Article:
Sitting behind the tall windows,
staring at moving pictures of people
walking back and forth down Harvard Sq
waiting for my Americano to cool down.
A chinaman argues with an Iraqi
over parking validation a block away.
A homeless, negro woman long over due in death
asks to borrow my phone to call a shelter
for a place to sleep the night away.
“I’m not good with numbers,”
she says to me.
“I’ll dial,” I respond,
“you just talk.”
“I can do that,” she says, “I can do that.”
30 busy signals in seven minutes
before it finally rings.
“It’s a competition,” she says.
“You’ll win,” I respond.
I hand her the phone.
She huddles in her chair
like a guinea pig in a cage
as I sip an Americano.
“It’s validated!” the chinaman screams,
“I want to speak to your manager.”
“I am the manager,” the Iraqi replies.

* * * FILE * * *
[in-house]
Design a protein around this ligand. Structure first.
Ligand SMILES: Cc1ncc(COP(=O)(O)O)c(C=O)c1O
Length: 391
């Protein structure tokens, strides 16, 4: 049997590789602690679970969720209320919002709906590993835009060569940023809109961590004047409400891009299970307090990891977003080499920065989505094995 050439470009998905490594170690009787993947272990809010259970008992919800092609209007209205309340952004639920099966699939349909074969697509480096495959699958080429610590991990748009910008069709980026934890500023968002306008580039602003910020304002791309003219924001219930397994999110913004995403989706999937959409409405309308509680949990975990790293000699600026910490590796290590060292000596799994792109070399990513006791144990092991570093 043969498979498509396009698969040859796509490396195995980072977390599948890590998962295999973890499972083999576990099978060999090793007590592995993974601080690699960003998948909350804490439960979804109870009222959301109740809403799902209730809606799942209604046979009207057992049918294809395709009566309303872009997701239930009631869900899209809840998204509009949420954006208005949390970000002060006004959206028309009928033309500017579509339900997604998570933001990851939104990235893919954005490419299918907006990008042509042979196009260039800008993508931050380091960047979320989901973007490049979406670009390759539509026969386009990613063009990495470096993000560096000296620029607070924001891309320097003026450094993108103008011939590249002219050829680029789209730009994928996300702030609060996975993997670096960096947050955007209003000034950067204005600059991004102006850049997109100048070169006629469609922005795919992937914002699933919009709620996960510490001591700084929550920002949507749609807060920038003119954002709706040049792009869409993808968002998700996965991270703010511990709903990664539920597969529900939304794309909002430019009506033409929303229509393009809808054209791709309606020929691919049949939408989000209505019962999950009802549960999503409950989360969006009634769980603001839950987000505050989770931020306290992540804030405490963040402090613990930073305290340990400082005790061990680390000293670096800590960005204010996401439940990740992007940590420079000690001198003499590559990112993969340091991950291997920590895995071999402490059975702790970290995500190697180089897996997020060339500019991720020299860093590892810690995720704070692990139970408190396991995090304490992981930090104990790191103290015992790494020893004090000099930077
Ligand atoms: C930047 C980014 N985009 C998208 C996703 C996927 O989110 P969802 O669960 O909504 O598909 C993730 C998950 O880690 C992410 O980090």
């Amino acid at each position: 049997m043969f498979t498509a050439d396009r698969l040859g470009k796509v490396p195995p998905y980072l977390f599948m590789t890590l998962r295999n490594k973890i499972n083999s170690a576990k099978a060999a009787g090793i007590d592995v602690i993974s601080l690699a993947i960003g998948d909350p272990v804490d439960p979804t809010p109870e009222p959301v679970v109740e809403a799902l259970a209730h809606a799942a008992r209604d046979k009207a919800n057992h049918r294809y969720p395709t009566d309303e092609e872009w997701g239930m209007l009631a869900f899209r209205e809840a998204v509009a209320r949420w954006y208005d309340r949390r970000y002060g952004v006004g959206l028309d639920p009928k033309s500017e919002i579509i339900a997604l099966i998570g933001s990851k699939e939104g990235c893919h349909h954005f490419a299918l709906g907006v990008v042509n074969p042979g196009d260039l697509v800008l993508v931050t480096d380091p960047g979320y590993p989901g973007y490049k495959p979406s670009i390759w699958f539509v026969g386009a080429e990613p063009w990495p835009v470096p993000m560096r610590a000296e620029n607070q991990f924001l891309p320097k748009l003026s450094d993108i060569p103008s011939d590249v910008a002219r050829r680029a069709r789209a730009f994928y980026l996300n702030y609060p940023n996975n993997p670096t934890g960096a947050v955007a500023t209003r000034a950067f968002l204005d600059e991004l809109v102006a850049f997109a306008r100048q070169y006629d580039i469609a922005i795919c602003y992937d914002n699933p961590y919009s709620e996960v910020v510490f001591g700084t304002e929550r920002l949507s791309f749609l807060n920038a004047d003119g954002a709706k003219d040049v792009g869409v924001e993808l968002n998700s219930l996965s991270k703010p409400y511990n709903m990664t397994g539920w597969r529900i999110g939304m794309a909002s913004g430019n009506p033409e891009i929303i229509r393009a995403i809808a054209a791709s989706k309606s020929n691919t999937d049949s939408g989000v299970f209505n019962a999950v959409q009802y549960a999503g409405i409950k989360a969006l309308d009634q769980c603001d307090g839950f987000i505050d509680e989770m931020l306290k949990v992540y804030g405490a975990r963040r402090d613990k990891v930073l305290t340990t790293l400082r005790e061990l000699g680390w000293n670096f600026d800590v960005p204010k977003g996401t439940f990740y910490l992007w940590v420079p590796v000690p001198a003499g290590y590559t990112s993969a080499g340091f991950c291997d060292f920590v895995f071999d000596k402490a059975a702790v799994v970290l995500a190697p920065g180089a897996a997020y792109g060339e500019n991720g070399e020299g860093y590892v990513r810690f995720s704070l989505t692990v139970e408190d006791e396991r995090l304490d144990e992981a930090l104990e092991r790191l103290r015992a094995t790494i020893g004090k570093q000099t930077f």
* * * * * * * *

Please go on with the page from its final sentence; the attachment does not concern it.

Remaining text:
The negro woman hands me my phone.
She doesn’t talk.
Not one word.
“Is everything set?” I ask.
She smiled a nearly toothless smile.
“I ain’t never won a thing in my life.”
She picks up a grocery bag of her life’s belongings
and walks slowly out of the Starbucks.
“I’m goddamn glad we’re bombing your country,”
I hear the chinaman say.
“Tell it to your child slaves,” the Iraqi responds.
Neither one watching the old lady
as she passes them by.
I just sit and stare from behind the tall Starbucks glass
before throwing out my Americano
for being too cold.